It requires a lot of discipline to offer commentary on Rick Santorum, simply because alarmingly crazy statements tumble out of his mouth with such profusion. And I say alarmingly crazy because, last I checked Rick Santorum is leading the field nationally in polls for the Republican presidential nomination. That says as much about the state of today’s Republican Party as you need to know. “Yikes,” probably sums it up, though that also likely suffices as the Republican establishment’s reaction too, given that Santorum as a nominee has every appearance of a General Custer moment for the Republican Party.
Though some of Santorum’s weekend smorgasbord of Kook-A-Roo was uniquely his own brand of Luddite cultural views, religious extremism and ideological medievalism, some reflected the broader extremism of his political party. In particular, his comments advancing the idea that public schools are inimical to the national interest, and that federal and even state involvement in schools is almost literally the devil’s work.
This celebration and advocacy on the right of localism has a long and queasy history. States’ rights was the pseudo-principle offered as the motivation for retaining segregation and deterring legislation enshrining civil rights. And of course the introduction of sex education and African-Americans into the public schools turned the white reactionary crowd into inveterate enemies of public education.
Principle has little to do with it of course; power and control do. Localism really means employers can treat employees any way they wish, sans interference; schools can teach anything they want, majorities may treat minorities of any kind as high-handedly as they may choose. Those for whom localism isn’t such a sanguine prospect are those who work for others, those being taught in the schools (and the quality of what they’re taught), and those whose views or ethnicity are in the minority. Localism protects hegemony, localism protects domination, or even abuse, localism protects that which the light of day and outside scrutiny and intervention may effectively remedy.
Localism is where business interests and theocratic interests unite inside the Republican Party. Localism means unchallenged authority of local power brokers, whether business, political, educational or religious; and social enforcement of majority views, whether social, cultural, religious or political. It’s about control and authority for those who’ve been enjoying both, not the local freedom of anybody else. This localism is particularly attractive to the reptilian conservative brain with its abiding affection for hierarchies: deference to the power of wealth and the usefulness of religious authority.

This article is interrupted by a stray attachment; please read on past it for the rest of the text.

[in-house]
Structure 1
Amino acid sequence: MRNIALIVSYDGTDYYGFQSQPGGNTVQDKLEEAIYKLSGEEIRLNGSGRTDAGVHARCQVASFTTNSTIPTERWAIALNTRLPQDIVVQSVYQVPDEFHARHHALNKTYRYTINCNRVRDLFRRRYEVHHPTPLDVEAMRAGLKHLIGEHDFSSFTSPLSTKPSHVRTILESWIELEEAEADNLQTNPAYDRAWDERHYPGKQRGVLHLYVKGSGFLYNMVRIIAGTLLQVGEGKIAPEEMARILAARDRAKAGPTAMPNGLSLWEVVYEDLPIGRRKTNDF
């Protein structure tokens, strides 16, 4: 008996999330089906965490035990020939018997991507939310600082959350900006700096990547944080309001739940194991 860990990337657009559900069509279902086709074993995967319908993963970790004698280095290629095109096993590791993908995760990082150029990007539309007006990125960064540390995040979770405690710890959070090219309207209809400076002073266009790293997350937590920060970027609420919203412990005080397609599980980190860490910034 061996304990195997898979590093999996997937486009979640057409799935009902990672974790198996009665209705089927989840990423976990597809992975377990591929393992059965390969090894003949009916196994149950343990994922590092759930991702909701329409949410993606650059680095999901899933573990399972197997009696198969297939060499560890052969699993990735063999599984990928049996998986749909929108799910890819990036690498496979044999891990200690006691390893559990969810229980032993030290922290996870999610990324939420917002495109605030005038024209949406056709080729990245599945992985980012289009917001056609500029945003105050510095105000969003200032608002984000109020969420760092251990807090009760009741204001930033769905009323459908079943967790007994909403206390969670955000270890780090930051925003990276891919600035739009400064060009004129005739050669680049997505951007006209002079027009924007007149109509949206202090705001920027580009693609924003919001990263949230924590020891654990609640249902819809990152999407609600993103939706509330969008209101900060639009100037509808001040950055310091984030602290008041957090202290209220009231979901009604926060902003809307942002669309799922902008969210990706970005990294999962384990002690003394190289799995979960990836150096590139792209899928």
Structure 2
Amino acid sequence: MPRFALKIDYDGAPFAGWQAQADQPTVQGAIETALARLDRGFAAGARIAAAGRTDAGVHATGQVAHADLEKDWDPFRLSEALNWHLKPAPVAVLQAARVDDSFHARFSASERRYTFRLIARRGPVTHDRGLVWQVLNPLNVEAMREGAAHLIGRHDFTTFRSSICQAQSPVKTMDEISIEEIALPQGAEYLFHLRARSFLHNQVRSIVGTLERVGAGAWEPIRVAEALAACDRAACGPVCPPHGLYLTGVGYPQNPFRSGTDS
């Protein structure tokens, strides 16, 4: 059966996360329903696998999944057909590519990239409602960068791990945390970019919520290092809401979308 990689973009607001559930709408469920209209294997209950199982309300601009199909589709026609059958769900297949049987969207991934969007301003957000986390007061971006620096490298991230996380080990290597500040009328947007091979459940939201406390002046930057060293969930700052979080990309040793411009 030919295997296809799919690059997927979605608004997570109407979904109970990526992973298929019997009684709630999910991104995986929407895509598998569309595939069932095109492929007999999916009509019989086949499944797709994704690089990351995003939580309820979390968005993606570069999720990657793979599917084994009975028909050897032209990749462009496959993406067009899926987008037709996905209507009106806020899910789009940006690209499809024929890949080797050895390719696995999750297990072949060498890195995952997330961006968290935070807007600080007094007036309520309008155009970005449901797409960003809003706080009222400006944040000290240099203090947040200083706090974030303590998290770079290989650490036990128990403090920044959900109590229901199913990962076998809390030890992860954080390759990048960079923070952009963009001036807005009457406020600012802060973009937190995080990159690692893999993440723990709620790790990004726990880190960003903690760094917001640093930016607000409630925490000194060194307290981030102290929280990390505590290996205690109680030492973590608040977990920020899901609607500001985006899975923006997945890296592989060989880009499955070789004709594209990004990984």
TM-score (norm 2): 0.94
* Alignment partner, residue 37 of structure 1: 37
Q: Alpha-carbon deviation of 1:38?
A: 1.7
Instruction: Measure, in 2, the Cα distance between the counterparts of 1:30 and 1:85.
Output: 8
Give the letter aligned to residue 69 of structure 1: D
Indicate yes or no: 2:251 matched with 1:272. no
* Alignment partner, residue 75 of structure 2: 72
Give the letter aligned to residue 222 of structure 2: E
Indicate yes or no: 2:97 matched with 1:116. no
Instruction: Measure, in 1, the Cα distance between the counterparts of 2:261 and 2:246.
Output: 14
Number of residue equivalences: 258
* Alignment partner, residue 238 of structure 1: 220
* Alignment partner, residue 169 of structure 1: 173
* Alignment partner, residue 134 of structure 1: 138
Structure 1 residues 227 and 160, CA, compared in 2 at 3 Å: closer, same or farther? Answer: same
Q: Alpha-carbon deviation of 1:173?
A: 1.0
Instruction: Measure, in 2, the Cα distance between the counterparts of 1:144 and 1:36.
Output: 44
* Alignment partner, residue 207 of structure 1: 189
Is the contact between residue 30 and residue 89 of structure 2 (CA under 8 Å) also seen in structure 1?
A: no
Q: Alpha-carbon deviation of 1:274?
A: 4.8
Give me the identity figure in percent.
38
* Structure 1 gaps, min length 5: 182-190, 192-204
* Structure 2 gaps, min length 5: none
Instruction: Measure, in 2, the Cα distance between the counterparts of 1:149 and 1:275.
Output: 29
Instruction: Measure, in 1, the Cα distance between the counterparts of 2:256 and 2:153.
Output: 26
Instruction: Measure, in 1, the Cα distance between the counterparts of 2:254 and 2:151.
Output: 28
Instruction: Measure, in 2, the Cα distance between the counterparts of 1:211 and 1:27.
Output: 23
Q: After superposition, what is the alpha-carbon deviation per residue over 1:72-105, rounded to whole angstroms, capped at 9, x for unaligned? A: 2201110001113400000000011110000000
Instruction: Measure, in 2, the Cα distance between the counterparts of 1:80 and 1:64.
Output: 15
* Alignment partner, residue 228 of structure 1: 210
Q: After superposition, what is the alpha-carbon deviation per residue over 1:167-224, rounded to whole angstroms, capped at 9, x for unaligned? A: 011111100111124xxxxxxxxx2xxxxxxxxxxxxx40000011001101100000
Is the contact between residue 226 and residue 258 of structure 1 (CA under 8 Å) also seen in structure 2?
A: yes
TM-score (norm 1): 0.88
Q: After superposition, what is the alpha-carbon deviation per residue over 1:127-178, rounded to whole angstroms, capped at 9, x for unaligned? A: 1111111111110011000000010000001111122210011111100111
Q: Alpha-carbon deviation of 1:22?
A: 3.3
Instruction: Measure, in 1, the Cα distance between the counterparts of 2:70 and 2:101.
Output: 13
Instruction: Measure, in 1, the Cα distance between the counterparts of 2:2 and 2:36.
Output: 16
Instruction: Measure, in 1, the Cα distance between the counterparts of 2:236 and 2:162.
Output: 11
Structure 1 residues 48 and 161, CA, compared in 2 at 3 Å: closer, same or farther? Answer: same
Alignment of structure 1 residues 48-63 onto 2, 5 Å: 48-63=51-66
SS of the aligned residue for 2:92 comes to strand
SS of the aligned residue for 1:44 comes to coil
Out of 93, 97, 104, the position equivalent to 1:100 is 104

Sealing places off from the scrutiny and intercession of the outside is seldom done for benevolent purposes whether it is autocratic political regimes or autocratic small towns. The prerogative of central governments to guarantee the rights of those whose rights may be abridged by those who may be in power on the local level is good reason for some to abhor the central government (or Big Government as they like to call it).
It certainly isn’t accidental that the fundamentalist Islamic world depends upon the isolation of its otherwise perhaps involuntary adherents, cut-off from information and education, indoctrination replacing both in the isolated and protected vacuum. Here our theocrats like Santorum are a great deal like their theocrats. If you want people to retain an ignorance of the scientific origins of man, keep the young away from the scientific, and indoctrinate them with creationism instead.
Fundamentalist Islamists cite religious reasons for preventing females from obtaining an education. Does their local or religious sovereignty transcend the greater good of the society for a fully educated populace, not to mention the rights of girls to receive an education? Modern societies tend to think not, which is why views like Santorum’s register as medieval.
There’s a way to observe this localism translated to a larger scale. Call it the localism of conservative media, under the dominion of which those who remain sealed inside the protectorate from outside information, enlightenment and fact end up believing what the conservative base for instance does now about presidential birth places and climate change; and the party’s political leaders and political candidates reflect, if not encourage it: the party’s presidential primaries becoming the Cirque du Banal we are witnessing now.
Of course there is an argument to be made for sovereignty, for the autonomy of a group of people or a locality to do as they damn please. The question becomes how seriously one is willing to allow for the diminishment and decline of overall strength and health of the larger community or nation in order to retain it. Because that diminishment and decline are virtually certain. Since the right has an abiding attraction to nationalism and national superiority they will certainly have to choose, whether they like it or not. I’d suggest they give it some thought, though I prefer to save my breath for something with better odds.